But in the last few days, Herman has gone a step beyond (or perhaps, below) anything I've seen from him before. He has contributed a remarkable article entitled "Genocide Inflation is the Real Human Rights Threat: Yugoslavia and Rwanda" to the Chomskyite Z Magazine. I am long familiar with Herman's preposterous insistence that "the claims of 8,000 executed [at Srebrenica in 1995] have never been verified by forensic or credible witness evidence of anything like this scale of killing" (to which I unhesitatingly say "baloney"), and won't deal with the subject here. I'll pass over, too, his comparisons of Israel to Nazi Germany, his reference to "the power of Western Jewish elites and lobbying operations", and his assertion that "by featuring Jewish victimization these campaigns [against Holocaust denial] build support for Israel and hence contribute to the astonishing willingness of the West not only to allow massive human rights violations of Palestinians and Lebanese by the Israeli Defense Forces and Israeli settlers but to actively support these by punishing the victims". I'll direct your attention merely to what he says about Rwanda, a nation I had no idea he was interested in.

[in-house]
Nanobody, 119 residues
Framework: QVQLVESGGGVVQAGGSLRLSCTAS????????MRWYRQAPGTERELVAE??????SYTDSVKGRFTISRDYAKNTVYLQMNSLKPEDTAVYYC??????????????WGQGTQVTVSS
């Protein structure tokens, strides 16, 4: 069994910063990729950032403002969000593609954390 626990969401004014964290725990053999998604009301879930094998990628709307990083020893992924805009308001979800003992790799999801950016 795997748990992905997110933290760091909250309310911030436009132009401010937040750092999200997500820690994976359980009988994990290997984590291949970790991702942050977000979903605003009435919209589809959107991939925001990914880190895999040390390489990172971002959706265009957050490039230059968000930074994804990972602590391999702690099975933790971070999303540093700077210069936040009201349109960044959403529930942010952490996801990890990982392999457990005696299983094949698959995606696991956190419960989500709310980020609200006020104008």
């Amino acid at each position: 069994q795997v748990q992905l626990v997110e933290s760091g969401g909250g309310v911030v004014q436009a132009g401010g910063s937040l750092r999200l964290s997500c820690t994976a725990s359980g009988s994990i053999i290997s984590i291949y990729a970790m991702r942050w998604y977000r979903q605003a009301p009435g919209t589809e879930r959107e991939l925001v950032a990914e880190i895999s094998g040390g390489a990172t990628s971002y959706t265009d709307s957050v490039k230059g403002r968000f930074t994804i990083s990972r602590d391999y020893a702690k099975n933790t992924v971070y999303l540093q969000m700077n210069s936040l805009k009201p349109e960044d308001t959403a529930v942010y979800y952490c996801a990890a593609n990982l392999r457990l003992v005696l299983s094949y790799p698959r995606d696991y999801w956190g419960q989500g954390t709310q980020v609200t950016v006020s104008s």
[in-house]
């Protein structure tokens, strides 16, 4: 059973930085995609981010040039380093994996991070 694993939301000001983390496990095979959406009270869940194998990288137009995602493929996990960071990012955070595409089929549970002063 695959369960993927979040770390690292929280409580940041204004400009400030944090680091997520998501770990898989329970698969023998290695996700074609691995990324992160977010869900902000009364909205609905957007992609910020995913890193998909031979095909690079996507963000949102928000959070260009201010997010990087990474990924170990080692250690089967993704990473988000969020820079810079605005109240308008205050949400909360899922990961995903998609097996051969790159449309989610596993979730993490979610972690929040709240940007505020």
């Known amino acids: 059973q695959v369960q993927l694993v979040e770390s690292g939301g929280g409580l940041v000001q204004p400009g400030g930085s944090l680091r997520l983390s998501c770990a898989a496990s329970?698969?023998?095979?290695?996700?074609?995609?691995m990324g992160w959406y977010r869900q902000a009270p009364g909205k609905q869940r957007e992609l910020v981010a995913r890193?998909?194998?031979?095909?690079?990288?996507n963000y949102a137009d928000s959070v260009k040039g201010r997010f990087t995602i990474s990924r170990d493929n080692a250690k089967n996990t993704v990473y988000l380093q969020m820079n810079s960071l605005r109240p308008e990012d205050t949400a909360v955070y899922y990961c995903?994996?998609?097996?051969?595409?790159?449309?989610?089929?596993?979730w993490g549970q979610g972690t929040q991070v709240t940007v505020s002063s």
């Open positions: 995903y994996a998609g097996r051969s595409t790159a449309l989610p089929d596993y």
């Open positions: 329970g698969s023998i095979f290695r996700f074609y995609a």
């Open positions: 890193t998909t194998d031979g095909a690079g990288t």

What happened in Rwanda in 1994 was not only genocide on any definition; it has some claim to being the definitive case of genocide in the years since that word was coined. The true number of Tutsi victims will never be known, but Gérard Prunier, in The Rwanda Crisis: History of a Genocide, 1995, was able to draw inferences from census data and from estimates of survivors passing through refugee camps. He concluded (pp. 264-5) that around 930,000 Tutsis were living in Rwanda on 6 April 1994; and between 800,000 and 850,000 of them were killed in the following three months.